(Critical Survey of Contemporary Fiction)

HOUSE is a factual narrative detailing the construction of a moderately expensive single-family house near Amherst, Massachusetts. Tracy Kidder provides considerable detail about the mechanics of construction, but his focus is on the interaction among the architect, the contractors, and the couple building the house. The humor as well as the anxiety involved in the process are clear, but Kidder never descends to the fatuous exaggerations of such previous books on the subject as MR. BLANDINGS BUILDS HIS DREAM HOUSE.

The building of this house involves a continuing series of negotiations among the parties involved. All of them are deeply committed to the success of the project, all of them are conscientious and responsible, all of them give their best efforts. Inevitable difficulties, however, arise. There is faulty communication between architect and builders. There is conflict between the clients’ desire for economy in construction and the builders’ reluctance to use any but the best materials and methods. At the same time, at a crucial point, the builders refuse for their own financial reasons to upgrade the level of materials specified in the contract. Above all, there are the tensions created by the very different personalities and the conflicting interests of the people involved. When the house is at last finished, all parties are pleased with the completed work, but all feel lingering dissatisfactions.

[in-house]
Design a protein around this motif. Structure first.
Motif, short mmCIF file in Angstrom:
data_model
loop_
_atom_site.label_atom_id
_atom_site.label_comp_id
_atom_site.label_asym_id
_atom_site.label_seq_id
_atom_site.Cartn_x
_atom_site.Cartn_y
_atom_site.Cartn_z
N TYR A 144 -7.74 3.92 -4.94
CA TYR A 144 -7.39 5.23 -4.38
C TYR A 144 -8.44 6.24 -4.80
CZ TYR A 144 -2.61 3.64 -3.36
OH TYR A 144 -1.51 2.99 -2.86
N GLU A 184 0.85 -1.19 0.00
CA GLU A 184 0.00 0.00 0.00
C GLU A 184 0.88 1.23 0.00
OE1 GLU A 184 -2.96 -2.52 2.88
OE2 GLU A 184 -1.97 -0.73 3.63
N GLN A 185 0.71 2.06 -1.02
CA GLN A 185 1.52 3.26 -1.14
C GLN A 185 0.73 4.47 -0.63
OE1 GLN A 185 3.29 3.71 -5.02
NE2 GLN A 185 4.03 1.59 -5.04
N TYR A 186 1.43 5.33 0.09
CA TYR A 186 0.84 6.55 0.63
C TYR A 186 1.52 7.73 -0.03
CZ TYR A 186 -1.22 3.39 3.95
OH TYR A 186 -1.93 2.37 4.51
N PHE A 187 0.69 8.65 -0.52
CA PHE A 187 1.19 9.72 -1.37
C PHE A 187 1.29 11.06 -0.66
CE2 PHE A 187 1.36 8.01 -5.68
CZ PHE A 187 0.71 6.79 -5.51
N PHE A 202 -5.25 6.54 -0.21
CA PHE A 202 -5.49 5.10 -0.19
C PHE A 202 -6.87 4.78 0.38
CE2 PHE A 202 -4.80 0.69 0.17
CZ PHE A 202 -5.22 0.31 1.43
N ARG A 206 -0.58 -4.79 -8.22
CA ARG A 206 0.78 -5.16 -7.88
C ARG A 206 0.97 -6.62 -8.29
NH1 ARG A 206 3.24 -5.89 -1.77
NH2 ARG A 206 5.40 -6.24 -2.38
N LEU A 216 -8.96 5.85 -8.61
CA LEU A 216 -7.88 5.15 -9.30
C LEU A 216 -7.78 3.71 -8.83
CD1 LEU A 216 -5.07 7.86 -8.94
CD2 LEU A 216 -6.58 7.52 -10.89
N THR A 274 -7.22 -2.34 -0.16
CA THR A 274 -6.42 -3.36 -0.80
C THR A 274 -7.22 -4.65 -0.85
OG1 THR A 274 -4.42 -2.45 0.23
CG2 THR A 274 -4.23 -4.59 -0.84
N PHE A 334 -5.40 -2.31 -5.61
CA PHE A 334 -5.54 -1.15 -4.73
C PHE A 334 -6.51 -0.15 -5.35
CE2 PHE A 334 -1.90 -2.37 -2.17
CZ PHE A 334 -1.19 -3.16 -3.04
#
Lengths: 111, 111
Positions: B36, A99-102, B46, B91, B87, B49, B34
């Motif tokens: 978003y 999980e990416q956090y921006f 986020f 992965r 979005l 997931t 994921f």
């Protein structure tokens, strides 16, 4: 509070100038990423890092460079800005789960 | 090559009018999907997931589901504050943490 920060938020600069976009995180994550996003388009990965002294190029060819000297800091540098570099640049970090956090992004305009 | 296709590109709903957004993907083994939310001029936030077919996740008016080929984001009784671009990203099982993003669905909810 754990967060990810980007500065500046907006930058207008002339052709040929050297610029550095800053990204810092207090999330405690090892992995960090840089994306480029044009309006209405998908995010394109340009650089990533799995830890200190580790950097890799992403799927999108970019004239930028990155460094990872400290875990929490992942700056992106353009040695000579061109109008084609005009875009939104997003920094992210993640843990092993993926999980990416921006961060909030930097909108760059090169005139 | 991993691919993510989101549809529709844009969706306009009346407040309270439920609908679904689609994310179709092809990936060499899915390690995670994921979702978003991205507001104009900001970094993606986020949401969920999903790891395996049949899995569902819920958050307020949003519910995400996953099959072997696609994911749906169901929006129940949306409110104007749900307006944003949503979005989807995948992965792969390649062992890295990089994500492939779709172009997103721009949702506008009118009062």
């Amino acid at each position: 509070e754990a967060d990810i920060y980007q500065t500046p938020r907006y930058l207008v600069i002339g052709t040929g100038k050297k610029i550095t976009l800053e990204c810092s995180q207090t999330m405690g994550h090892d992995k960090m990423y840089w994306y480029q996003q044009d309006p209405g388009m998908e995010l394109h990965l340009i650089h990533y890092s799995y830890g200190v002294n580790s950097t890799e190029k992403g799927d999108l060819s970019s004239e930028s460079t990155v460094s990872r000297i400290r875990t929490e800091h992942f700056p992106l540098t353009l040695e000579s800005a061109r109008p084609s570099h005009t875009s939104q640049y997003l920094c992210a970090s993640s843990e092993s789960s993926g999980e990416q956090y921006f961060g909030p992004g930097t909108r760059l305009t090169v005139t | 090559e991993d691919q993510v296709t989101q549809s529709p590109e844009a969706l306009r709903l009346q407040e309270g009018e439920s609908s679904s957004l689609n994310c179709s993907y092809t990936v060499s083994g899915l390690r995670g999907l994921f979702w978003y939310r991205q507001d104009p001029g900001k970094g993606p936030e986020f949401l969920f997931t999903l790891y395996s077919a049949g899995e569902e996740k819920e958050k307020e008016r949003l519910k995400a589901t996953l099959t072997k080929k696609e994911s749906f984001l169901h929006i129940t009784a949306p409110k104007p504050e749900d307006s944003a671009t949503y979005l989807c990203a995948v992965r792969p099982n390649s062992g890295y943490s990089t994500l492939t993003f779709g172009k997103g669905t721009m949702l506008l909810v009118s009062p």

Kidder does a superb job of showing how these interactions affect the process. All of the individuals are presented in depth, so that their actions are clearly understandable. The major achievement of the book is to show that mutual good will, craftsmanship, conscientiousness, and a common goal can result in a successful cooperative endeavor, despite differences in personalities and ideas.